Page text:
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BioMed Research International
Volume 2015, Article ID 591603, 8 pages
http://dx.doi.org/10.1155/2015/591603
Research Article

Outcomes of Cryoballoon Ablation in High- and Low-Volume Atrial Fibrillation Ablation Centres: A Russian Pilot Survey

1Arrhythmia Department, Federal Almazov North-West Medical Research Centre, Saint Petersburg 197341, Russia
2Neuromodulation Unit, Federal Almazov North-West Medical Research Centre, Saint Petersburg 197341, Russia
3Center of Interventional Cardiology, State Research Institute of Circulation Pathology, Novosibirsk 630055, Russia
4National Research Center for Preventive Medicine, Moscow 101990, Russia
5Federal Center for Cardiovascular Surgery, Krasnoyarsk 660020, Russia
6Federal Center for Cardiovascular Surgery, Astrakhan 414011, Russia
7Electrophysiology Department, City Hospital #5, Nizhny Novgorod 603005, Russia
8Electrophysiology Department, Tyumen Cardiology Center, Tyumen 625026, Russia
9Electrophysiology Department, Research Institute of Cardiology, Saratov 410028, Russia
10Cardiovascular Surgery Department, City Hospital #12, Moscow 115516, Russia
11Department of Clinical Electrophysiology, Russian Cardiology Research and Production Center, Moscow 121552, Russia
12Tyumen Regional Hospital #1, Tyumen 625032, Russia
13Republican Clinical Hospital of the Republic of Tatarstan, Kazan 420064, Russia
14Botkin City Hospital, Moscow 125284, Russia
15Bakulev Scientific Center of Cardiovascular Surgery, Moscow 121552, Russia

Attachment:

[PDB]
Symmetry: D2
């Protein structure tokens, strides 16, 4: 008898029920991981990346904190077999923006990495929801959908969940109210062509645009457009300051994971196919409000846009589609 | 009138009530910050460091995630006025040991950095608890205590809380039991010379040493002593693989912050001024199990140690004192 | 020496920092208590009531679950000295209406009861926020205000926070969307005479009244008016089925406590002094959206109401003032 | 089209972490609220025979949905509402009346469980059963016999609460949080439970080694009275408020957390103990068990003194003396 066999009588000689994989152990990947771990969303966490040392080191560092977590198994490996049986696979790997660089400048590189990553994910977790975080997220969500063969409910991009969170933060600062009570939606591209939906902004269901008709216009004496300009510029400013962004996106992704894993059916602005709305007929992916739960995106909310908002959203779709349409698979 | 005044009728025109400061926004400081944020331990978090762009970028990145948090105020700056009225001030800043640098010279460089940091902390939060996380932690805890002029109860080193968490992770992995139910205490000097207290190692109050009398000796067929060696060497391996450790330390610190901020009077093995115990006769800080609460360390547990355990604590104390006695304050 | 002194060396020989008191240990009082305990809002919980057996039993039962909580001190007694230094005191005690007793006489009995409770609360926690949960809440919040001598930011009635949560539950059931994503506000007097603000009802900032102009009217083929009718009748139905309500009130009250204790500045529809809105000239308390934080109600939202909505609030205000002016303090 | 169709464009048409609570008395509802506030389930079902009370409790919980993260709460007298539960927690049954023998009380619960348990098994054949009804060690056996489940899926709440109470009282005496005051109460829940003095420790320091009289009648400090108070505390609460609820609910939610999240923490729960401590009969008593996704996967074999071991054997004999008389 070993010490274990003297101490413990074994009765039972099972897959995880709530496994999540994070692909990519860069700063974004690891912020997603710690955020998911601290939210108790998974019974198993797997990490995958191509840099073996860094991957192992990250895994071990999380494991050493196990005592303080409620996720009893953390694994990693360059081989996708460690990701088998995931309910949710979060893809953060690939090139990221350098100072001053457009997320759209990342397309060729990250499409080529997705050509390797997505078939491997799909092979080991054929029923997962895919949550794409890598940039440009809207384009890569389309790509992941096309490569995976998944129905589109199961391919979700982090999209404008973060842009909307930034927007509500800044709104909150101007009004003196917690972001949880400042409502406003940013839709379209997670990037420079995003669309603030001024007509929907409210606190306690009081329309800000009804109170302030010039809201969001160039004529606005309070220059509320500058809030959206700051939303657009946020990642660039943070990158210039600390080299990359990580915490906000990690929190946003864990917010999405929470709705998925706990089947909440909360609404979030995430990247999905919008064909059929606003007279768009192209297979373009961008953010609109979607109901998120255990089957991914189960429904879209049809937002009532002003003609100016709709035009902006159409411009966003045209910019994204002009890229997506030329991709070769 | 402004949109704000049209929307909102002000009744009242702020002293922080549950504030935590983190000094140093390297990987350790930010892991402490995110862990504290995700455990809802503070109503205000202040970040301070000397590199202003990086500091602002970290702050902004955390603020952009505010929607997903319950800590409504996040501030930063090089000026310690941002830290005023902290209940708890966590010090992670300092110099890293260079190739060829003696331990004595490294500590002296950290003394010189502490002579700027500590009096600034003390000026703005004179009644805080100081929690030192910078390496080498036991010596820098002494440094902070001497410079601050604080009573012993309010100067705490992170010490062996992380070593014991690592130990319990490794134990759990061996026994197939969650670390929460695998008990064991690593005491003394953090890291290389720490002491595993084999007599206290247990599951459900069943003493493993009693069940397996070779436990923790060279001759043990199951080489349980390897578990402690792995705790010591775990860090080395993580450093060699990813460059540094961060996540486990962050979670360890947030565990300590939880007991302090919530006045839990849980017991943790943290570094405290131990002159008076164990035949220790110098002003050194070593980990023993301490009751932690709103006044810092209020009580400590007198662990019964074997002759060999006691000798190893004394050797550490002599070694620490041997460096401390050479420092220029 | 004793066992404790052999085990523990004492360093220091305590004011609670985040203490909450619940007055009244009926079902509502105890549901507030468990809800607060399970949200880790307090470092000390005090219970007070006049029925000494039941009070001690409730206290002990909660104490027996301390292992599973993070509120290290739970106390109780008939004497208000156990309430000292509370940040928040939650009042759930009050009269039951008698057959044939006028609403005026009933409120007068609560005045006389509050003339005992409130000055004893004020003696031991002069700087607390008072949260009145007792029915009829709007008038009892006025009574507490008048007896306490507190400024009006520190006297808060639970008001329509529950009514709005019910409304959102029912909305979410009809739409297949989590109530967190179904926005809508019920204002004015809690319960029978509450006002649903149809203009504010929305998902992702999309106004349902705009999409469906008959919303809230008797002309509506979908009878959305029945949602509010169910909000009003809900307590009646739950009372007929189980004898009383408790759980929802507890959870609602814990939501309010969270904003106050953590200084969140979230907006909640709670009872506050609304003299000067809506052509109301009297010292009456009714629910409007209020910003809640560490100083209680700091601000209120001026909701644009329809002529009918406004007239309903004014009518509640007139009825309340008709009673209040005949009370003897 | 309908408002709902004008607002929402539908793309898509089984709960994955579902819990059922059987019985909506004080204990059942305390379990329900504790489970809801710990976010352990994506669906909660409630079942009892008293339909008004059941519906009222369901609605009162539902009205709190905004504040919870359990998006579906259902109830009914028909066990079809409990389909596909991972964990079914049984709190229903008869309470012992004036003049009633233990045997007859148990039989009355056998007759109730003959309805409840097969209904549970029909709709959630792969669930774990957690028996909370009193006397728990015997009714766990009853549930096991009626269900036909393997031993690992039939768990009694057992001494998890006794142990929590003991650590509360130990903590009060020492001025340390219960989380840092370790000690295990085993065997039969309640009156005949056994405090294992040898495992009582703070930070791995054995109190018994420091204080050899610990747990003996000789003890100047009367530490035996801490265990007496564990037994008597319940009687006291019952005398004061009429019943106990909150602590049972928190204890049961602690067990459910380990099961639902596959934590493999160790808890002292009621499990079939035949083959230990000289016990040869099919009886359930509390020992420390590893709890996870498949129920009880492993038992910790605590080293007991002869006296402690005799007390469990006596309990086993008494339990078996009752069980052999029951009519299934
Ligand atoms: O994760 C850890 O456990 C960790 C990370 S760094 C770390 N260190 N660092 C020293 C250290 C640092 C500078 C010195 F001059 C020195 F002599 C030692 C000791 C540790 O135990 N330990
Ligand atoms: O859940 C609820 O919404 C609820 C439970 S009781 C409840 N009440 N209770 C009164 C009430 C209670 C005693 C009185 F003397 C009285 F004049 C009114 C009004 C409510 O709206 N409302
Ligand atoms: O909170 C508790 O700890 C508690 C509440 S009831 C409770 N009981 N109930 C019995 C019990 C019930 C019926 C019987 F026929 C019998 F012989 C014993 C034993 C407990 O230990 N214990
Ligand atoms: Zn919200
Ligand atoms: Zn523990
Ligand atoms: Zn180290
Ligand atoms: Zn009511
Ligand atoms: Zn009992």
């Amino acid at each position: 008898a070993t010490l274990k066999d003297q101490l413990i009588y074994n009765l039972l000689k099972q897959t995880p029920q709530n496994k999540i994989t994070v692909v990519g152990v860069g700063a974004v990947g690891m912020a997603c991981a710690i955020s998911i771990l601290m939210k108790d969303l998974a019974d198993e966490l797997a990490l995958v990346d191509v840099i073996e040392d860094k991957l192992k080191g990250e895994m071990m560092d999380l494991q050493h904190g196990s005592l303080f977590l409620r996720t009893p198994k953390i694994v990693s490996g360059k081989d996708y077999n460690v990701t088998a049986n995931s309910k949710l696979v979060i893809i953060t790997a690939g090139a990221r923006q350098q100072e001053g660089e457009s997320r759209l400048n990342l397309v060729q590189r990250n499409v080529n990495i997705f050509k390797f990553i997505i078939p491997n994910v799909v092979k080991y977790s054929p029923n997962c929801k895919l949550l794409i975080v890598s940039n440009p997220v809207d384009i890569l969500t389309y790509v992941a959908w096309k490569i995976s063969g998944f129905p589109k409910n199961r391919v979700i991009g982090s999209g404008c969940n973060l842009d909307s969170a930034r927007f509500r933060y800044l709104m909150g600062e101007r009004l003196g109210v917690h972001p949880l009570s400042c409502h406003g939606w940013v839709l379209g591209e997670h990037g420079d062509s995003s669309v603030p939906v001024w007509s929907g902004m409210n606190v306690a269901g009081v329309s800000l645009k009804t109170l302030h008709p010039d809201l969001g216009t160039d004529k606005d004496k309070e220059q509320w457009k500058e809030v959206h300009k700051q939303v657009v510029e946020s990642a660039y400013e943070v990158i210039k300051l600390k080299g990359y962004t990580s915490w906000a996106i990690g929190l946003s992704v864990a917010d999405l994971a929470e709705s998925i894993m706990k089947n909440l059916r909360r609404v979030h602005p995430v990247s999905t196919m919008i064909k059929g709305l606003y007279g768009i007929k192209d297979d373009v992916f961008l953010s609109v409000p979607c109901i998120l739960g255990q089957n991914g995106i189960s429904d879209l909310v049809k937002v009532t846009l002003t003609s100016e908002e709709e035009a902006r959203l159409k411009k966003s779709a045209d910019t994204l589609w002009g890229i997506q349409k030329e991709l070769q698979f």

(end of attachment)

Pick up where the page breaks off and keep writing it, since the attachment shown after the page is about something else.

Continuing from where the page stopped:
16Institute of Heart and Vessels, Federal Almazov North-West Medical Research Centre, Saint Petersburg 197341, Russia

Received 18 August 2015; Accepted 27 October 2015

Academic Editor: Laurent Pison

Copyright © 2015 Evgeny N. Mikhaylov et al. This is an open access article distributed under the Creative Commons Attribution License, which permits unrestricted use, distribution, and reproduction in any medium, provided the original work is properly cited.

Abstract

Purpose. The results of cryoballoon ablation (CBA) procedure have been mainly derived from studies conducted in experienced atrial fibrillation (AF) ablation centres. Here, we report on CBA efficacy and complications resulting from real practice of this procedure at both high- and low-volume centres. Methods. Among 62 Russian centres performing AF ablation, 15 (24%) used CBA technology for pulmonary vein isolation. The centres were asked to provide a detailed description of all CBA procedures performed and complications, if encountered. Results. Thirteen sites completed interviews on all CBAs in their centres (>95% of CBAs in Russia). Six sites were high-volume AF ablation (>100 AF cases/year) centres, and 7 were low-volume AF ablation. There was no statistical difference in arrhythmia-free rates between high- and low-volume centres (64.6 versus 60.8% at 6 months). Major complications developed in 1.5% of patients and were equally distributed between high- and low-volume centres. Minor procedure-related events were encountered in 8% of patients and were more prevalent in high-volume centres. Total event and vascular access site event rates were higher in women than in men. Conclusions. CBA has an acceptable efficacy profile in real practice. In less experienced AF ablation centres, the major complication rate is equal to that in high-volume centres.

1. Introduction